Nigeria is a patriarchal society that has long relegated women to the background; this it has sometimes done through the instrumentality of Customary Law and Customary practices. Statute has however constantly remained an instrument for the liberation of women from unequal and discriminatory treatments. One of the ways through which the Law has sought to do this is by conferring property rights on women.
Property rights generally include the right to own, use, access, control, transfer, exclude, inherit and otherwise make decisions about land and related resources.
We would consider the right to inherit/acquire property as an aspect of women’s property rights.
Women have a right to inherit property from their deceased fathers and husbands and from any other person who devises property to them under their will. This right is guaranteed by section 43 of the Constitution which provides that every citizen (Irrespective of sex) of Nigeria shall have the right to acquire and own immovable property anywhere in Nigeria, while Section 42 of the Constitution prohibits discrimination on the basis of sex.
When a woman is deprived of the right to acquire property by inheritance by reason only of her being a woman, that amounts to discrimination and the law would not permit it.
There abound in different parts of Nigeria, Customary practices which tend to limit women’s right to inherit property, some of these customs tie the right to inherit to having a male child or some other ridiculous conditions. A few of these practices would be examined and if this article does not address a particular customary practice in your locality which tends to limit the right of a woman to inherit property, do not panic; just know this ‘A woman’s right to inherit property is absolute, it cannot be restricted, limited, or predicated on any condition which a man is not subjected to’.
The courts have consistently protected the property rights of women and condemned customs and practices which tend to perpetuate discrimination against women. References would be made to some decisions of the court to buttress this.
In a certain case, the court stated that a custom which forbade women from dealing in land was invalid. The court even went ahead to say “A custom cannot derogate from the clear provisions of the Nigerian Constitution dealing with right to own movable and immovable properties. Women can own landed properties”.
A woman who has no male child can still inherit her late husband’s property; indeed a woman without children can still inherit from her deceased husband. Female children can also inherit from their late father, and they cannot be discriminated against on the basis of sex. This was what the court had to say in a certain case:
I will have no hesitation in declaring such customary law which discriminates against female children in terms of inheritance to be repugnant to natural justice, equity and good conscience……. I have no difficulty in holding that the native law and custom of Umuanaga Awka which discriminates against female children of the same parent and favours the male child who inherits all the estate of their father to the exclusion of his female siblings to be repugnant to natural justice, equity and good conscience.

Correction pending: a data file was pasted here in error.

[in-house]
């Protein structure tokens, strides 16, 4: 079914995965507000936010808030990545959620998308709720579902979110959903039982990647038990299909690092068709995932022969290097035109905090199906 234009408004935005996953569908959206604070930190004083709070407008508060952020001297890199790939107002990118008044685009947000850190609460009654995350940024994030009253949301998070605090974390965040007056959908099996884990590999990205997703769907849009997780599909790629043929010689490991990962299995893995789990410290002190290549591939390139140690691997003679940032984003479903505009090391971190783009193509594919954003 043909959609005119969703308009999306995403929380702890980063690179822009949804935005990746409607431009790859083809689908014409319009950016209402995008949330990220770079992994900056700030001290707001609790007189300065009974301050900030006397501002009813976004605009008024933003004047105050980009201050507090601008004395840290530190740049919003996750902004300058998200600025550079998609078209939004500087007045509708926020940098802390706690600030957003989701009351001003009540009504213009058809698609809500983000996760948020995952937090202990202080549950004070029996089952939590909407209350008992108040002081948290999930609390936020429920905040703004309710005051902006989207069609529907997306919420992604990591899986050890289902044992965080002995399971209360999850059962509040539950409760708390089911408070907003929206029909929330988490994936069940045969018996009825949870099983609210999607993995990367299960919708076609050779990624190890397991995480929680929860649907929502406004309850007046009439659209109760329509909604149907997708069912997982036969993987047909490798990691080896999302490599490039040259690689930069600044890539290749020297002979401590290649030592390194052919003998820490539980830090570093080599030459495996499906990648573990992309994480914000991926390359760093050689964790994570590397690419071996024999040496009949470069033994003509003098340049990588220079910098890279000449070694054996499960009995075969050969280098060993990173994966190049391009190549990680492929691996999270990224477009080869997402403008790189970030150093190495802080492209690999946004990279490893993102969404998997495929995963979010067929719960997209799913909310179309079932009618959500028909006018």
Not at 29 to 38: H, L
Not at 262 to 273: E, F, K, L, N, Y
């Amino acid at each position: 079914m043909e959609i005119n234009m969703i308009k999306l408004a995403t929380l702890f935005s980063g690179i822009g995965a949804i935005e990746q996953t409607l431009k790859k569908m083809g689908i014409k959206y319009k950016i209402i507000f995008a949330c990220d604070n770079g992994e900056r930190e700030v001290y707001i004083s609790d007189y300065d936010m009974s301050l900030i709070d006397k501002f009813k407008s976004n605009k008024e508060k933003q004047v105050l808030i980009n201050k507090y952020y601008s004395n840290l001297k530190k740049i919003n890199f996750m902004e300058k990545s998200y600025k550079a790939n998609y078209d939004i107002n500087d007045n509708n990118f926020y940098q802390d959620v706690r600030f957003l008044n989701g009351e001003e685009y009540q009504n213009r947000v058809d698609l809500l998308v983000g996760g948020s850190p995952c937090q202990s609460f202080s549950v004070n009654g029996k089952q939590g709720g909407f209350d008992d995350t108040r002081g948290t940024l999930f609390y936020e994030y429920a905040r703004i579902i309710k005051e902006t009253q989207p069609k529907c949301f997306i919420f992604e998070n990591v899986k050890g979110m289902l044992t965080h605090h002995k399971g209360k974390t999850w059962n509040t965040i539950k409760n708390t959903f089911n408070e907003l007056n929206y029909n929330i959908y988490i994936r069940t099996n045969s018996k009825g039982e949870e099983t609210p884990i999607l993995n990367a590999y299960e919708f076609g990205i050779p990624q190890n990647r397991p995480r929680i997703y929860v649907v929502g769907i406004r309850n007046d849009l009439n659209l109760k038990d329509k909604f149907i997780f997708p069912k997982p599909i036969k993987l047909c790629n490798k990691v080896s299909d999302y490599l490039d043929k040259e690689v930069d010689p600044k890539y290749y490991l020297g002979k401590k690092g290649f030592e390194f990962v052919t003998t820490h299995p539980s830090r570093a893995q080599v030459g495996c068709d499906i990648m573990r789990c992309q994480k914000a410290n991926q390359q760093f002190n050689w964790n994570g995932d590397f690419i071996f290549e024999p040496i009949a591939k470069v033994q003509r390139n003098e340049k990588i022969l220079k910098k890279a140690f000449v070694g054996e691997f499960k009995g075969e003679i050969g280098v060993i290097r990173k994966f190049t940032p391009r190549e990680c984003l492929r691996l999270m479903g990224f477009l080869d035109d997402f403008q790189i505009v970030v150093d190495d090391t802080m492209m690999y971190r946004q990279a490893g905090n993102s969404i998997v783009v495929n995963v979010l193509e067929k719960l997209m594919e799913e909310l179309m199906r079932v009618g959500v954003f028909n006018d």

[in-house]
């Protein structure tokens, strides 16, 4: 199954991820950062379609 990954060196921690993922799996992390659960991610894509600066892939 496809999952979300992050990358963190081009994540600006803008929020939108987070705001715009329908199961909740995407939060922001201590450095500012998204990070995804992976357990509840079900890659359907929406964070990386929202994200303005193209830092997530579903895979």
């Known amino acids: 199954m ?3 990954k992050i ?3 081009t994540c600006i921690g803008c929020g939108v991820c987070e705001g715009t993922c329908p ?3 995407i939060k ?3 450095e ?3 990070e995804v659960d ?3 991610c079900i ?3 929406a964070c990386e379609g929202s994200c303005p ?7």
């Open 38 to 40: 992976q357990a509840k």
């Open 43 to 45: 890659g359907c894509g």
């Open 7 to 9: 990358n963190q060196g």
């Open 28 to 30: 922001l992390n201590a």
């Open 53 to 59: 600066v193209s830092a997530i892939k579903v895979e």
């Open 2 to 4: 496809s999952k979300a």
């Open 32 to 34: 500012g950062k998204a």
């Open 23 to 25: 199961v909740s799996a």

Nikki Tobi, one of Nigeria’s finest Jurist, on the issue of discrimination against women had this to say:
Day after day, month after month and year after year, we hear of and read about customs, which discriminate against the womenfolk in this country. They are regarded as inferior to the menfolk. Why should it be so? All human beings, male and female, are born into a free world and are expected to participate freely, without any inhibition on grounds of sex; and that is constitutional. Any form of societal discrimination on grounds of sex, apart from being unconstitutional, is antithesis to a society built on the tenets of democracy, which we have freely chosen as a people….On my part, I have no difficulty in holding that ‘Oli-ekpe’ custom of Nnewi, is repugnant to natural justice, equity and good conscience…'
In a certain case, a widow’s husband’s family sought to deprive her and her children from inheriting from their late husband and father on the ground that she has six female children and no male child. Here is what the court said;
…I hasten to add at this point that the custom and practices of Awka people upon which the appellants have relied ……..is hereby out rightly condemned in very strong terms…… It is punitive, uncivilized and only intended to protect the selfish perpetration of male dominance which is aimed at suppressing the right of the womenfolk in the given society. One would expect that the days of such obvious differential discrimination are over. Any culture that disinherits a daughter from her father’s estate or wife from her husband’s property by reason of God instituted gender differential should be punitively and decisively dealt with. The punishment should serve as a deterrent measure and ought to be meted out against the perpetrators of the culture and custom. For a widow of a man to be thrown out of her matrimonial home, where she had lived all her life with her late husband and children, by her late husband’s brothers on the ground that she had no male child, is indeed very barbaric, worrying and flesh skinning.Indeed, the Law and the Courts of Law are committed to eradicating every form of discrimination against women.
 Marya Gomez & D. Hien ‘Women’s Land and Property Rights and The Post- 2015 Development Agenda’(2012)
 Timothy V. Oforka (2008) All FWLR (Pt.413)
 Motoh V. Motoh (2010) LPELR-8643(CA)
 f Mojekwu v. Mojekwu (1997) 7 NWLR 283 pt. 512 page 283,
 Anekwe V. Nweke (2014) LPELR-22697(SC)